“For heaven’s sake, Max,” cried Pippa, exhaling so hard that her long, straight bangs lifted off her forehead. “It’s ‘I never stole anything.’ How many times do I have to tell you?”

  Eckleberger just laughed. “Perhaps I vill leaf you ze little knife in my vill, if you are a very goot girl, Max.”

  Thomas grinned. “Fat chance of that.” Max stuck her tongue out at him when Eckleberger wasn’t looking.

  “Now, my dear friends,” Eckleberger said as he bustled over to a worktable, shoving aside a wax head bearing an uncanny resemblance to the King of England, and gestured for the children and Dumfrey to sit, “to vat do I owe the pleasure?”

  “I have a job for you, old friend,” Mr. Dumfrey said as Eckleberger bent over an oven in the corner, almost entirely obscured from view by a large coatrack filled with hanging wigs, and produced a large tray filled with lacy, golden-brown cookies. That must be where the smell of butter came from, Max realized.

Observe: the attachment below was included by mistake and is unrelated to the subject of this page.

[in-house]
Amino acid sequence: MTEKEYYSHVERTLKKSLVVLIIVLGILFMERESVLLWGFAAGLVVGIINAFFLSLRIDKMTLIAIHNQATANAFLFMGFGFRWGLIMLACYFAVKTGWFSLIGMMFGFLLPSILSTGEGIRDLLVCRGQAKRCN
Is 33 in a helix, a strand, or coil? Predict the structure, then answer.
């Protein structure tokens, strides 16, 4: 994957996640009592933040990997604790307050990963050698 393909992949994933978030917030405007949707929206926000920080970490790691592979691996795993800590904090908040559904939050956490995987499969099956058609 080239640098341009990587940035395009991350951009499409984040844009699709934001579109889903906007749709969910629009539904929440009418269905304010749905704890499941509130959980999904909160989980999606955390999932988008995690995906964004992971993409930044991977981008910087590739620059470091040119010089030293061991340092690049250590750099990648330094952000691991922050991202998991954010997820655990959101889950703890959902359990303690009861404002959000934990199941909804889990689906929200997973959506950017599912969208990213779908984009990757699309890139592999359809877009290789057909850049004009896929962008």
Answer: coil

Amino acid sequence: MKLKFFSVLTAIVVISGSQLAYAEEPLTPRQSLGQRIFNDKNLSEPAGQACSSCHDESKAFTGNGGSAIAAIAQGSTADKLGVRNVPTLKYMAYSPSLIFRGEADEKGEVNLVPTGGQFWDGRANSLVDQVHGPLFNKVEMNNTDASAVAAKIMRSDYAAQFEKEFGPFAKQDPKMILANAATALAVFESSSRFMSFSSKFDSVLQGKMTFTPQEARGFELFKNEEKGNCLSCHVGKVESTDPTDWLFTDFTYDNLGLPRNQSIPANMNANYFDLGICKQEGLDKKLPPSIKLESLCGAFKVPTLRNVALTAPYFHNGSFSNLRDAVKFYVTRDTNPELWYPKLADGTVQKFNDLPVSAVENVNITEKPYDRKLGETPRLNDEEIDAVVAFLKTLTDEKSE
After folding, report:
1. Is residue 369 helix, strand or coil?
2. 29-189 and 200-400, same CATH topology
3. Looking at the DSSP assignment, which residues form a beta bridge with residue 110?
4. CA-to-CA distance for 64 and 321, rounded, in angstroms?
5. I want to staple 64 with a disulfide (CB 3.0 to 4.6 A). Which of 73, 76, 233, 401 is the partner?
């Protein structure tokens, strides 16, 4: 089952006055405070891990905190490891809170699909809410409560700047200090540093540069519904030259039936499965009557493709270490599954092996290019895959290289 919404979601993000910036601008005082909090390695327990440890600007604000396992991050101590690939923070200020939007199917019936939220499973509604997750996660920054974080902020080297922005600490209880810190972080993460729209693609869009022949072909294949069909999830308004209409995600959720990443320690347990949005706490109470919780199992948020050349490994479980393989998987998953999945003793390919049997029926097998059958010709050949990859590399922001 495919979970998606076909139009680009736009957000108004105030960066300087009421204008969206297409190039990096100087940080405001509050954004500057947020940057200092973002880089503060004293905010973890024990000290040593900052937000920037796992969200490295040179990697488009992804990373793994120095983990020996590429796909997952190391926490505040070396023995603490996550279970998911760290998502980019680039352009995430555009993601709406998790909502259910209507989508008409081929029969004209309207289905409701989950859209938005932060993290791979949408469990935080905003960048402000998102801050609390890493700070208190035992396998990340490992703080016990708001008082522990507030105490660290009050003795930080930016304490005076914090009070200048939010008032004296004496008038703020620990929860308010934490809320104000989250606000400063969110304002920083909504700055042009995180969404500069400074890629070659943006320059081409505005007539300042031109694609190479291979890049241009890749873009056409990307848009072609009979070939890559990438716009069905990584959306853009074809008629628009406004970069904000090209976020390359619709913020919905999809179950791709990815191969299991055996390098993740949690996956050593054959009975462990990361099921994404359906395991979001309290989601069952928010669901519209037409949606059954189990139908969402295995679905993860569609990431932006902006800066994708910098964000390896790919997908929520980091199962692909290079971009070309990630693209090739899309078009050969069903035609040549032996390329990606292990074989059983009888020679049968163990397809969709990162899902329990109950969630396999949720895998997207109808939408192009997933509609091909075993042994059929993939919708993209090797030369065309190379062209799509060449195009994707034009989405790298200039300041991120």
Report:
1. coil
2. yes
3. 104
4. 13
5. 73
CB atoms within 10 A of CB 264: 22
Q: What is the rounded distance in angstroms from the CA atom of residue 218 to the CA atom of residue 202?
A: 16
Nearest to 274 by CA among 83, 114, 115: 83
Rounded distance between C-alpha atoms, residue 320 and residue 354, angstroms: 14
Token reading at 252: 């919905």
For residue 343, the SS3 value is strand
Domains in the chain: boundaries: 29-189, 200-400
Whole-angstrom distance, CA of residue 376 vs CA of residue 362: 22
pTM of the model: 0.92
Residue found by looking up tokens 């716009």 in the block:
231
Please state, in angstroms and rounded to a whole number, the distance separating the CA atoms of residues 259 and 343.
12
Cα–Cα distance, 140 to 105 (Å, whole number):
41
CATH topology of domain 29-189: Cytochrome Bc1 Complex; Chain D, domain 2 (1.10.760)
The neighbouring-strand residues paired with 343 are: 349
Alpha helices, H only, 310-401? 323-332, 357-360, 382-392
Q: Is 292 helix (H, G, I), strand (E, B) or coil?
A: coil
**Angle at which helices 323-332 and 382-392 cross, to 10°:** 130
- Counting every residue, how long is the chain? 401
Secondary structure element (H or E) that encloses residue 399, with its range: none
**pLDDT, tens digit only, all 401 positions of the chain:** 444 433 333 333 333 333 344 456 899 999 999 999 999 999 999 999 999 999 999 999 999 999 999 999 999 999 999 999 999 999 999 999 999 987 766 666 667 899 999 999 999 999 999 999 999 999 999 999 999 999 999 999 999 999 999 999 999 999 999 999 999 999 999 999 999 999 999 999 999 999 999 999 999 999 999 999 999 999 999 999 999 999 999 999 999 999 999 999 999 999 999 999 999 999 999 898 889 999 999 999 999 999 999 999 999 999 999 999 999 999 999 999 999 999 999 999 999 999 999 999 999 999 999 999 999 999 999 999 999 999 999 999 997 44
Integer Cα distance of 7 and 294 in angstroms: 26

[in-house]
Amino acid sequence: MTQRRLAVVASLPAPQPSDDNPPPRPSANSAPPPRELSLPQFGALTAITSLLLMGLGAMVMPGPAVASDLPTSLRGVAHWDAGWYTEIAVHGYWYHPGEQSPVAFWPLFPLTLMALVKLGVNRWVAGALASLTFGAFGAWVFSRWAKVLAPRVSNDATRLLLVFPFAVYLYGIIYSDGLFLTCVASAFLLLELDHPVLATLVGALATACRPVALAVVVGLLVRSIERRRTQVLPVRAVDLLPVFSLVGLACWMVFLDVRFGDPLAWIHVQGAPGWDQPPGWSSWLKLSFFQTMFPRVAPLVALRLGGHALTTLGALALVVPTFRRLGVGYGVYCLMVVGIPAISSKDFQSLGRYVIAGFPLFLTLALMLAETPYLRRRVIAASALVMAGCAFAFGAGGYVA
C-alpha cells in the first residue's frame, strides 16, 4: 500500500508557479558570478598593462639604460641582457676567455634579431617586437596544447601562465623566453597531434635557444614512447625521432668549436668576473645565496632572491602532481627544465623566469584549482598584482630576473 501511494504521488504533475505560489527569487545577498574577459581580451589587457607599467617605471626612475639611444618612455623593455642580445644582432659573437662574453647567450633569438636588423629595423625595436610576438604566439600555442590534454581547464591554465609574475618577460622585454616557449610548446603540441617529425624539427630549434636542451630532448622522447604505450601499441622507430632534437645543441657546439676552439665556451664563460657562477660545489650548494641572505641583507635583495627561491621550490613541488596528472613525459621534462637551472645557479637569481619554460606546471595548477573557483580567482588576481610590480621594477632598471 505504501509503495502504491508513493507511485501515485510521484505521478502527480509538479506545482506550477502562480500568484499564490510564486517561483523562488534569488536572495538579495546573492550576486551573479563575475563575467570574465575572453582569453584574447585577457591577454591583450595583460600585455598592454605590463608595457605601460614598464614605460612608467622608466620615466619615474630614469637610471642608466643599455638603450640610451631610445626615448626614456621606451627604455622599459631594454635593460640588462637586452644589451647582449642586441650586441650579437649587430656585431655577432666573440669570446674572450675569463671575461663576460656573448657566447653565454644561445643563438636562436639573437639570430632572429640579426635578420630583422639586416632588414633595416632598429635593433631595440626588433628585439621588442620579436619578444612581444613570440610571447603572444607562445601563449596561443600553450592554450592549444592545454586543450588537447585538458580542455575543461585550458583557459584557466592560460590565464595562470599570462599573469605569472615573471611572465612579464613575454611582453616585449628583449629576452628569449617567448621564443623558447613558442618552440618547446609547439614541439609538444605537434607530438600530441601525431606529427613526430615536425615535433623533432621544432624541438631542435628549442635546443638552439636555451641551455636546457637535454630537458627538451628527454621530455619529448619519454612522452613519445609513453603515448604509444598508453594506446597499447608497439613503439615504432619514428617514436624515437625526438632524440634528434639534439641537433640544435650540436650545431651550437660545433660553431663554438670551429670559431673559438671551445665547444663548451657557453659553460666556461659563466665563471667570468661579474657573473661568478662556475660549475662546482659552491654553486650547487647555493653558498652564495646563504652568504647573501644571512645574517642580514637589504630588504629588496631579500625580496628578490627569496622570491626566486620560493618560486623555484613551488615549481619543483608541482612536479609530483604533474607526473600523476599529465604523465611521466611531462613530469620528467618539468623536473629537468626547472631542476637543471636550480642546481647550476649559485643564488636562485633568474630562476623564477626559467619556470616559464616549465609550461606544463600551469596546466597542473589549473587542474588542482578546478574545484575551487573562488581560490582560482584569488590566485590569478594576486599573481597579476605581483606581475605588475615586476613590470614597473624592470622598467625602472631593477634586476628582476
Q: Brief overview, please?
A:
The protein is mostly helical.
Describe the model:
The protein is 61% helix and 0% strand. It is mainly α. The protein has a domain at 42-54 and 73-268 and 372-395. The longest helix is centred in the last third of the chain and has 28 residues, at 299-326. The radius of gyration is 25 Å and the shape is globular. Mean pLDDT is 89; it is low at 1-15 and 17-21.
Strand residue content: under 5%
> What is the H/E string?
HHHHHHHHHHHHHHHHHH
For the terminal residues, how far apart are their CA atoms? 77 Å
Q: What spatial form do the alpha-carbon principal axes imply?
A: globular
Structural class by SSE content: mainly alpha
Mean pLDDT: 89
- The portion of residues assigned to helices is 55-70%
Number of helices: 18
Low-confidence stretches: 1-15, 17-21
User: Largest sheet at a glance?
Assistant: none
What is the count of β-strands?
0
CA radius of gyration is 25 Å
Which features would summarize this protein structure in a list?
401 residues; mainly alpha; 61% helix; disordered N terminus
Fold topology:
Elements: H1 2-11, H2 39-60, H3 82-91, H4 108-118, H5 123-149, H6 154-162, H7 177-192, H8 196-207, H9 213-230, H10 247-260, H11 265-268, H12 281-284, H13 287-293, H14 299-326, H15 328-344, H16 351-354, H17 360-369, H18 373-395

“It’ll be your best—your most astounding—your most momentous work yet!” Mr. Dumfrey kept talking, even as he fed a large cookie into his mouth. “Surely you’ve been following the case of poor Mrs. Richstone and her husband, Manfred?”

  “I have seen it mentioned, yes,” Eckleberger said. Then: “Be careful, children. Zey are very hot.”

  It was too late: Max had already burned her tongue. It was worth it. The cookie tasted like hot cocoa and spiced milk and snuggling under a blanket by a warm fire.